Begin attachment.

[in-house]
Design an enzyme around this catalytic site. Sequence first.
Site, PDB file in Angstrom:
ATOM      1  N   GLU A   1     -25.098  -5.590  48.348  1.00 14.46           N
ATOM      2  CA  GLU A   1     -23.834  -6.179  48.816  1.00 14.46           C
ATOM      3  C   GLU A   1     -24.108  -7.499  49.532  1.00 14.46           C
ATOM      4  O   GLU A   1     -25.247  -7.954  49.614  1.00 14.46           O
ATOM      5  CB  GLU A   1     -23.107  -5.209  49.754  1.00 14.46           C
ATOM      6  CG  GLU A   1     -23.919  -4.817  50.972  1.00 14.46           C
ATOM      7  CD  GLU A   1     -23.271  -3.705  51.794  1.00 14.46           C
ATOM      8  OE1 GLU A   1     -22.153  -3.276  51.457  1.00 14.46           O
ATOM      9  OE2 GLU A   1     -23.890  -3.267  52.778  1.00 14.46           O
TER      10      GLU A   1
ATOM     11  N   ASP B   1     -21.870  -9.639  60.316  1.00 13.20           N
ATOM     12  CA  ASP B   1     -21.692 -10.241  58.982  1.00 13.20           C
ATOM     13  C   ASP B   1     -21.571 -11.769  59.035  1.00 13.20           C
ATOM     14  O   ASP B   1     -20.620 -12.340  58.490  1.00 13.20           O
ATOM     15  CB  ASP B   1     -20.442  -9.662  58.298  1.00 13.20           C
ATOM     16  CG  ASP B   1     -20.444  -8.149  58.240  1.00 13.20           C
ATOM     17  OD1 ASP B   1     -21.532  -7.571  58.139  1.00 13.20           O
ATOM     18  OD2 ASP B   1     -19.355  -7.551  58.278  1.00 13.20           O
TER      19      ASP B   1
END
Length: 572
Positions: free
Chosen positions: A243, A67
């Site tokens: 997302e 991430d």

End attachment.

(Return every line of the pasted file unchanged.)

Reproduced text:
[in-house]
Design an enzyme around this catalytic site. Sequence first.
Site, PDB file in Angstrom:
ATOM      1  N   GLU A   1     -25.098  -5.590  48.348  1.00 14.46           N
ATOM      2  CA  GLU A   1     -23.834  -6.179  48.816  1.00 14.46           C
ATOM      3  C   GLU A   1     -24.108  -7.499  49.532  1.00 14.46           C
ATOM      4  O   GLU A   1     -25.247  -7.954  49.614  1.00 14.46           O
ATOM      5  CB  GLU A   1     -23.107  -5.209  49.754  1.00 14.46           C
ATOM      6  CG  GLU A   1     -23.919  -4.817  50.972  1.00 14.46           C
ATOM      7  CD  GLU A   1     -23.271  -3.705  51.794  1.00 14.46           C
ATOM      8  OE1 GLU A   1     -22.153  -3.276  51.457  1.00 14.46           O
ATOM      9  OE2 GLU A   1     -23.890  -3.267  52.778  1.00 14.46           O
TER      10      GLU A   1
ATOM     11  N   ASP B   1     -21.870  -9.639  60.316  1.00 13.20           N
ATOM     12  CA  ASP B   1     -21.692 -10.241  58.982  1.00 13.20           C
ATOM     13  C   ASP B   1     -21.571 -11.769  59.035  1.00 13.20           C
ATOM     14  O   ASP B   1     -20.620 -12.340  58.490  1.00 13.20           O
ATOM     15  CB  ASP B   1     -20.442  -9.662  58.298  1.00 13.20           C
ATOM     16  CG  ASP B   1     -20.444  -8.149  58.240  1.00 13.20           C
ATOM     17  OD1 ASP B   1     -21.532  -7.571  58.139  1.00 13.20           O
ATOM     18  OD2 ASP B   1     -19.355  -7.551  58.278  1.00 13.20           O
TER      19      ASP B   1
END
Length: 572
Positions: free
Chosen positions: A243, A67
């Site tokens: 997302e 991430d």